This is a summary of my life.

Part One: WOMB

In 1973 I was in my mother’s womb and somewhere inside her bones were the seeds of a cancer that would take her life when I was nearly five years old. I still remember the funeral. From time to time, I still need to forgive God for letting that happen.


Words can’t express how much I experienced in a single year. In 1986, I decided to take God seriously. I clearly understood my calling to full time ministry, and I burned my house down to the ground.

Why did I start taking God seriously? I had friends that were the best at everything. I was friends with the best athlete. I was friends with the most popular person on campus. I was friends with the toughest kid, and even the smartest kid. I wondered what was the best of all these things. Being an athlete would only last into my 30′s. Being the most popular wasn’t worth it cause eventually I’d get married and it can’t be that tough to be popular with one other person. Fighting was obviously worthless. Being smart would probably last the longest, but smart people weren’t necessarily good people.

I wanted to pursue that which was the best and would last the longest. I decided that my soul lasted forever, so taking care of it was the best thing I could pursue. I would be the best I could at this, and do whatever I could to help others take care of their souls.

It was months later that I knew I’d be doing this for the rest of my life. How could I not spend most of my life helping other people take care of their souls? I have since learned that there are two kinds of people in the world: smart people and dumb people. For the smart people, God takes his time revealing to them what he wants them to do; and after a while, they figure it out. For the dumb people, he tells them his plans early on, in no uncertain terms, because he knows they aren’t smart enough to figure it out and will probably screw things up. I was in the second group.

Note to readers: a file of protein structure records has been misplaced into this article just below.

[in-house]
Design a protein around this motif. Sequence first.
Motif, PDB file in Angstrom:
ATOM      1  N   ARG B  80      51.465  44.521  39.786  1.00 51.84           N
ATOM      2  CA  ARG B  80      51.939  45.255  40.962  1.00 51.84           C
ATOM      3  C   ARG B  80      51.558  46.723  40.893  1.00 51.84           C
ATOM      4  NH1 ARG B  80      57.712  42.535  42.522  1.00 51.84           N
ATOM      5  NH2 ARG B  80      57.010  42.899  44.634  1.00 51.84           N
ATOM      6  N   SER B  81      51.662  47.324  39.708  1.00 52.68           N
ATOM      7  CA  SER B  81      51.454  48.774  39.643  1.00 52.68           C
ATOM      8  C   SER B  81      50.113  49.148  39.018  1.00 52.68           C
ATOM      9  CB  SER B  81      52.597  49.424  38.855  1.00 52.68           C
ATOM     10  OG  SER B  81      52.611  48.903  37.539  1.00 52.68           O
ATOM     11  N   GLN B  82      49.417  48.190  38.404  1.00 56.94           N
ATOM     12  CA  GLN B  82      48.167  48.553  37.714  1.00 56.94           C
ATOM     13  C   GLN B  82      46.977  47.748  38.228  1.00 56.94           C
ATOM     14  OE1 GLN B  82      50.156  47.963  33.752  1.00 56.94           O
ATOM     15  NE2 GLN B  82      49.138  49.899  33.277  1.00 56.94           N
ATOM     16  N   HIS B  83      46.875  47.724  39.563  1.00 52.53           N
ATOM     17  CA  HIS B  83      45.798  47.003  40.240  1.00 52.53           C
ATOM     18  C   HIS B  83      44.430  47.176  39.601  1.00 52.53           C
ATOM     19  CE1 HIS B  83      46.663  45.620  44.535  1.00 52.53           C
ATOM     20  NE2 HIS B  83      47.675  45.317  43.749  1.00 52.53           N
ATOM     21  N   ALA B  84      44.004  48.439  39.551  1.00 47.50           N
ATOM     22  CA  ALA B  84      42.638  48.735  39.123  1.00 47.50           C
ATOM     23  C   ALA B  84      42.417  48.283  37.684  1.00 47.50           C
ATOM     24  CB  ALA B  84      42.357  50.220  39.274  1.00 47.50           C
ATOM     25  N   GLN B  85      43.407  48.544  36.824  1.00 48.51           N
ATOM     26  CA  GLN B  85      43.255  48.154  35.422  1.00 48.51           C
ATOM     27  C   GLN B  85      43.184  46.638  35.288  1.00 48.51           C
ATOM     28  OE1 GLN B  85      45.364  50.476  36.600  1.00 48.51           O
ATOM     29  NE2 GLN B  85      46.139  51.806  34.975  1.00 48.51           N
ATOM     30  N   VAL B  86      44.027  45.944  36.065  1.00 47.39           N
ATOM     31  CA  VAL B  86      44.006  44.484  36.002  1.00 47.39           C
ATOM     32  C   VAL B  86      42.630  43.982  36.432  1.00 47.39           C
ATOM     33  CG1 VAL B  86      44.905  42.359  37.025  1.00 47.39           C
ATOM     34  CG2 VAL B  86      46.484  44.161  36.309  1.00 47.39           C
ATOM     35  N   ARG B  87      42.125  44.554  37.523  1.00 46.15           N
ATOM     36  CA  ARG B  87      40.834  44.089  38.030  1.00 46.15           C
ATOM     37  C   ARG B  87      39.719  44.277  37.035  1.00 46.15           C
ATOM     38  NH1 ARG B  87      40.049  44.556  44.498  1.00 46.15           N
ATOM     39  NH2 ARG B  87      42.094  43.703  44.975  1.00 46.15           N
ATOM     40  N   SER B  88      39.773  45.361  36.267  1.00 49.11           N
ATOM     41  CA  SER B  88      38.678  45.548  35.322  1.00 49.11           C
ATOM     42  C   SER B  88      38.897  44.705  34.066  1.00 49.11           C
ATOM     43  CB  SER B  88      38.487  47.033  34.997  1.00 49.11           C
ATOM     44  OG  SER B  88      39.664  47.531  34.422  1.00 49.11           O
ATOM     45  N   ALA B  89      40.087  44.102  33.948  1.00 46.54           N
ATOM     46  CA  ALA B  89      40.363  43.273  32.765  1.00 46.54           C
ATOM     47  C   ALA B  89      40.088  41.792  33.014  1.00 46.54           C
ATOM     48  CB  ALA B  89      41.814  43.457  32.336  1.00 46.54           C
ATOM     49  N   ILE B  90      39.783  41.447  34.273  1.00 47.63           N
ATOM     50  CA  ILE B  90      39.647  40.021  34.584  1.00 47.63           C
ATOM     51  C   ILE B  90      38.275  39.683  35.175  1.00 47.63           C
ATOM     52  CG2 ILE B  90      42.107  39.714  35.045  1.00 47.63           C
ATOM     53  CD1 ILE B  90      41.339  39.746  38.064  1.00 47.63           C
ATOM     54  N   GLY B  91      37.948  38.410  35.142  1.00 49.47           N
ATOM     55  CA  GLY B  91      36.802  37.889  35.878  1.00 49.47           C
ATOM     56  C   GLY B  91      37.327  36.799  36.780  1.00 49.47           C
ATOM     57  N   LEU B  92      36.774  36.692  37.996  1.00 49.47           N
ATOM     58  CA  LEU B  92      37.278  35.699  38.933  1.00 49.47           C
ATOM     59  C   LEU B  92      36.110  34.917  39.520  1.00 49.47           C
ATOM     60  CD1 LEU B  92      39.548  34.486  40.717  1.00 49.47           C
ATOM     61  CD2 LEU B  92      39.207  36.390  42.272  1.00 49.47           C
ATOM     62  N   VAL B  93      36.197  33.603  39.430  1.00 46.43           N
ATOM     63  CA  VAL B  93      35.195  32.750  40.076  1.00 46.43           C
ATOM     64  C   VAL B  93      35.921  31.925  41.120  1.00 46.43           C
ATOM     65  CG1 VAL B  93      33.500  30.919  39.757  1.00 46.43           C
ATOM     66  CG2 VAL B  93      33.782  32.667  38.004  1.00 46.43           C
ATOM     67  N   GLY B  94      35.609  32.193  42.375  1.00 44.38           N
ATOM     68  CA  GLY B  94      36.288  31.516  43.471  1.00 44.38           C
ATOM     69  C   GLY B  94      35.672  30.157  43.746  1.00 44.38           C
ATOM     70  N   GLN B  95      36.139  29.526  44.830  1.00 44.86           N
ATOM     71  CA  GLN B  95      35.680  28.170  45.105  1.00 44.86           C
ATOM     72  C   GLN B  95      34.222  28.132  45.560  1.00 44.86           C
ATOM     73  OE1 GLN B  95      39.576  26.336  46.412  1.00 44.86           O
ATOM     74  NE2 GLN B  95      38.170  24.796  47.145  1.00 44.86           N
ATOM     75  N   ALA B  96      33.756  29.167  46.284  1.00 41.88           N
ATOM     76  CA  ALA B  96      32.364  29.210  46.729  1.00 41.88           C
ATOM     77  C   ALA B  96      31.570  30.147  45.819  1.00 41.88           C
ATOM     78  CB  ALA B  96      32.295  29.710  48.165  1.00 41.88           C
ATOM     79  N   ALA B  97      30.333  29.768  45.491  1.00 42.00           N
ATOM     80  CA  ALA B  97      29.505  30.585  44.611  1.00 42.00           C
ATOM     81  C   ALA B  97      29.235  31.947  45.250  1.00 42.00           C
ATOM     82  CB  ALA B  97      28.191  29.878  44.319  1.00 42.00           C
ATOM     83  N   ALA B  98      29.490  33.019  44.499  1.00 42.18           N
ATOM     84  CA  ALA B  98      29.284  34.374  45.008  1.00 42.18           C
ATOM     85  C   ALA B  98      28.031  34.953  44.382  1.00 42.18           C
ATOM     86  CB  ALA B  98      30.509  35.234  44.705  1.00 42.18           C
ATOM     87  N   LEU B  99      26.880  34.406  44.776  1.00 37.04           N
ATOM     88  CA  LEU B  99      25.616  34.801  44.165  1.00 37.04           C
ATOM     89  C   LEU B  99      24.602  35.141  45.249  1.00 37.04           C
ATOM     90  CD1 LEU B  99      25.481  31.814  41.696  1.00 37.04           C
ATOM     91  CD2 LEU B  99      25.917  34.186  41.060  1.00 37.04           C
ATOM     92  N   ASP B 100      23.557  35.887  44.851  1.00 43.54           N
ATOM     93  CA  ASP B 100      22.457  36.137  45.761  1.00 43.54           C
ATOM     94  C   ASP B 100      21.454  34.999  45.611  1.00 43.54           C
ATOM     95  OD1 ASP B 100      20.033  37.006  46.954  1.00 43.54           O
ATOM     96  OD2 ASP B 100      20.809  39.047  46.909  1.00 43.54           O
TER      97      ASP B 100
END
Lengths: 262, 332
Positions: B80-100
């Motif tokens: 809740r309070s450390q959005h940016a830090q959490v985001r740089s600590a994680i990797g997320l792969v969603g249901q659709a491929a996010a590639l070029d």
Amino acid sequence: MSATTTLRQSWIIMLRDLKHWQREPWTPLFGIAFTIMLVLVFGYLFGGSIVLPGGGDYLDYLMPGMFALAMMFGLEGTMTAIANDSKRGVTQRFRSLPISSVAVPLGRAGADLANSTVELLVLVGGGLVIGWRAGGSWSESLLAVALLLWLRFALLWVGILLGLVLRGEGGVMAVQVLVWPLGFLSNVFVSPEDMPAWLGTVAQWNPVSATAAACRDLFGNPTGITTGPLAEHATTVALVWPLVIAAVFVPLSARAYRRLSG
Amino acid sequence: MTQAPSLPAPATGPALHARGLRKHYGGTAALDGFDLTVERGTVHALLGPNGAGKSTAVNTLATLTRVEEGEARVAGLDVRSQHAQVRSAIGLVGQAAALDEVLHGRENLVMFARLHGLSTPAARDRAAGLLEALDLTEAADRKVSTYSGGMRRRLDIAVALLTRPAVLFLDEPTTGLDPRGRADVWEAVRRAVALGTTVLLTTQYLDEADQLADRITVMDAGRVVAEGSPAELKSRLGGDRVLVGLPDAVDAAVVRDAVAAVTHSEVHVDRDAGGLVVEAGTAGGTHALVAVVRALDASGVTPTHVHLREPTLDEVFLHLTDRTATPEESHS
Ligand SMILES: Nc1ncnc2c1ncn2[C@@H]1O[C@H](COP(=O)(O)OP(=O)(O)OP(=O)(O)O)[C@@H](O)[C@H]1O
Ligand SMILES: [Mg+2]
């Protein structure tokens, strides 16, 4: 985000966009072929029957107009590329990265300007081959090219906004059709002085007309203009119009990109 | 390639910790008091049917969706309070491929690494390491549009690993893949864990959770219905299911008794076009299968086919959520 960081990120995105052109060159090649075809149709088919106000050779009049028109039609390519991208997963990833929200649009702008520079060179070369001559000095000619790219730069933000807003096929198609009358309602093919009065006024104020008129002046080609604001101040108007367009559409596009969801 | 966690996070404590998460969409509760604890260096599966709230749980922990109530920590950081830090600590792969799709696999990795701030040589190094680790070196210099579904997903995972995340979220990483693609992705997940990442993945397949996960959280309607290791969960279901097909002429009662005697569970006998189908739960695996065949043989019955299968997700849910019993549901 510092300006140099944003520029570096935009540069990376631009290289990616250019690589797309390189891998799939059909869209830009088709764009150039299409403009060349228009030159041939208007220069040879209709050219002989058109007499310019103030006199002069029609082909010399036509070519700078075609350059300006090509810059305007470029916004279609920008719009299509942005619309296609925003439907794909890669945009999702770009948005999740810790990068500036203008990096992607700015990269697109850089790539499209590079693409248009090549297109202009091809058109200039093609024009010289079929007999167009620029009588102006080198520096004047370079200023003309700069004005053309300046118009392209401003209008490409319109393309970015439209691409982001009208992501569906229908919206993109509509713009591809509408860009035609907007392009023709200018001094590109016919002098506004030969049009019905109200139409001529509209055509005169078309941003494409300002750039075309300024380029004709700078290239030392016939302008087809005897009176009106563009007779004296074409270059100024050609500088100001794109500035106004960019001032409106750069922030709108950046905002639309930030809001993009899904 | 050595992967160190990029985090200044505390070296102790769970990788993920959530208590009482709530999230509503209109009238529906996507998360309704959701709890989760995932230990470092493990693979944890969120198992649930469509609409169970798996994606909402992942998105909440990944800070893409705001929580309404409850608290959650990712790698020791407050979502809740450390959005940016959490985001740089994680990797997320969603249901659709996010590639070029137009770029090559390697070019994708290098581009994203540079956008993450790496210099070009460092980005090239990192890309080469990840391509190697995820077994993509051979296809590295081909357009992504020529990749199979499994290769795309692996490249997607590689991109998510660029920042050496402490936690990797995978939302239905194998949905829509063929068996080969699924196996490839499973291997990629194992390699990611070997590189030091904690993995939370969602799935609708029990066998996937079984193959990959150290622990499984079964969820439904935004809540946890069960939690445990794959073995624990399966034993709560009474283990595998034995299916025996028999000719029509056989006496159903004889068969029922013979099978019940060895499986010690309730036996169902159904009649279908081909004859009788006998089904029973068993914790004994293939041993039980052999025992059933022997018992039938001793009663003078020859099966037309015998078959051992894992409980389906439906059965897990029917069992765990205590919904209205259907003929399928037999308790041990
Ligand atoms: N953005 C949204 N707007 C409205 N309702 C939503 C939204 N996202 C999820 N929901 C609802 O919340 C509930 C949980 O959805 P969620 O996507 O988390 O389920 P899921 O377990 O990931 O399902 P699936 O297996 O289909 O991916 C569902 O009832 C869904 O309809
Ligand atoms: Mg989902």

I also burned my house down cooking french fries. It was seven days after my birthday, which also happens to be two days before Christmas. My dad wasn’t happy. We built a new house. I was the first kid on the block to have a CD player because insurance replaced my tape player. For some reason, I’ve never really regretted burning my house down. Mistakes happen.

Of course, this was the third fire I had started within a four months. My first fire got out of control because I was eating deviled eggs for the first time in my life. Of course I was eating and burning at the same time. When I was all out of this new delight, I went back to the house “real quick.” I was too slow. My second fire burned out of control right away. I view this one as my Dad’s fault because he mentioned in passing that a green branch can’t burn. He was wrong.


High School was amazing in every way. There’s too much to write about. My dad, my football coach, and my youth pastor (Doug Fields) taught me everything I needed to know about life. I started dating Misha because she asked me to her prom. College was great. I studied in Israel for 4 months. I learned Hebrew and translated the book of Jonah. After college I lost all of my Hebrew since there’s not much need for it in youth ministry.